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Stage 1 - Space Marine Heroes and Other Chapters


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#1
Brother Tyler

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Expanding the heroes available to the Space Marines has two purposes. First, it builds upon the earlier editions of the game (Terminator Captains). Second, it allows for full substitution of Chapters (the Black Templars don't have Librarians, so it seems only fitting that they get a more characterful hero option other than just the Captain/Marshal).

Keep in mind that the rules we develop will be an update. The Terminator Captain rules from 1st/2nd edition were largely driving/driven by the Terminator Captain model available at that time. There is a new model, so the Terminator Captain rules we create will be based on that model (with no conversion requirements, though players are certainly free to add conversions if they want). Likewise, we'll be using the stock Terminator Chaplain miniature as the basis for our rules. Yes, both heroes have a variety of options in the different codices in which they appear, and there are numerous special characters for standard Warhammer 40,000 in tactical dreadnought armour, but this is a more streamlined system and will be based upon the stock characters/models.

The intent here is to create the baseline rules that will apply across the range of missions/campaigns. Missions/campaigns will be built and balanced around these baseline rules.

Each hero will have two posts. The first will be the one in which we track changes. So it will appear messy with edited text (red and struck through if it has been removed/changed, yellow/orange if it has been added). The second will be the clean version presenting the current version of the rules that we are working with (and when we're done, the final version of the rules). The clean versions won't be visible until we start changing things.

Terminator Captain
Terminator Chaplain
Substituting Chapters


#2
Brother Tyler

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gallery_26_6416_1703.gifTERMINATOR CAPTAIN (changes)
A Captain is a hardened veteran, a master strategist who has proven his prowess in battle. The instructions for a mission will tell you if a Captain is part of the Space Marine force.

COMBAT VETERAN MASTER OF WARFARE
Terminator Captains are highly experienced combat veterans. To represent this they add +1 +2 to the dice in a close assault in the same a manner as similar to a Space Marine Sergeant.

RITES OF BATTLE
Terminator Captains are masters of the battlefield, able to read its ebb and flow as ancient mariners would judge the changing of the sea. A Terminator Captain has a superhuman grasp of strategy and tactics, as well as the wit to employ them in the ever-changing arena of warfare. If the Terminator Captain is in play, the Space Marine player receives two additional Command points. If the Terminator Captain is removed from play for any reason, the Space Marine player may spend the remaining extra Command points during that turn, but will no longer get them in subsequent turns.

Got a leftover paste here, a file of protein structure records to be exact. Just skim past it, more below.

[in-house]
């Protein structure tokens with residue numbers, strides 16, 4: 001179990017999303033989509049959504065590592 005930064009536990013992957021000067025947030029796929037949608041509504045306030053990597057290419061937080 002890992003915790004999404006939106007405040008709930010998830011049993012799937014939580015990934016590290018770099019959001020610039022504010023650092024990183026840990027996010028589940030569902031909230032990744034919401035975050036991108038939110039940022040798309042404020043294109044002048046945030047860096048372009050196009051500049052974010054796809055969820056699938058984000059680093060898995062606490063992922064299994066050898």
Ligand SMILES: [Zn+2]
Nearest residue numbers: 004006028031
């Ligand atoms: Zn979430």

POWER SWORD
Terminator Captains are armed with power swords, following the normal rules for those weapons.

STORM BOLTER
Terminator Captains are armed with storm bolters, following the normal rules for those weapons.

Edited by Brother Tyler, 08 October 2013 - 09:37 AM.


#3
Brother Tyler

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gallery_26_6416_1703.gifTERMINATOR CAPTAIN (clean)
A Captain is a hardened veteran, a master strategist who has proven his prowess in battle. The instructions for a mission will tell you if a Captain is part of the Space Marine force.

MASTER OF WARFARE
Terminator Captains are highly experienced combat veterans. To represent this they add +2 to the dice in a close assault in a manner similar to a Space Marine Sergeant.

RITES OF BATTLE
Terminator Captains are masters of the battlefield, able to read its ebb and flow as ancient mariners would judge the changing of the sea. A Terminator Captain has a superhuman grasp of strategy and tactics, as well as the wit to employ them in the ever-changing arena of warfare. If the Terminator Captain is in play, the Space Marine player receives two additional Command points. If the Terminator Captain is removed from play for any reason, the Space Marine player may spend the remaining extra Command points during that turn, but will no longer get them in subsequent turns.

POWER SWORD
Terminator Captains are armed with power swords, following the normal rules for those weapons.

STORM BOLTER
Terminator Captains are armed with storm bolters, following the normal rules for those weapons.

Edited by Brother Tyler, 19 August 2013 - 12:09 AM.


#4
Brother Tyler

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gallery_26_6416_1703.gifTERMINATOR CHAPLAIN (changes)
The Chaplains of a Space Marine Chapter are priests of the Chapter's warrior cult. As exemplars of the Chapter's honour, they inspire their battle-brothers with their orations and their combat prowess. The instructions for a mission will tell you if a Terminator Chaplain is part of the Space Marine force.

COMBAT VETERAN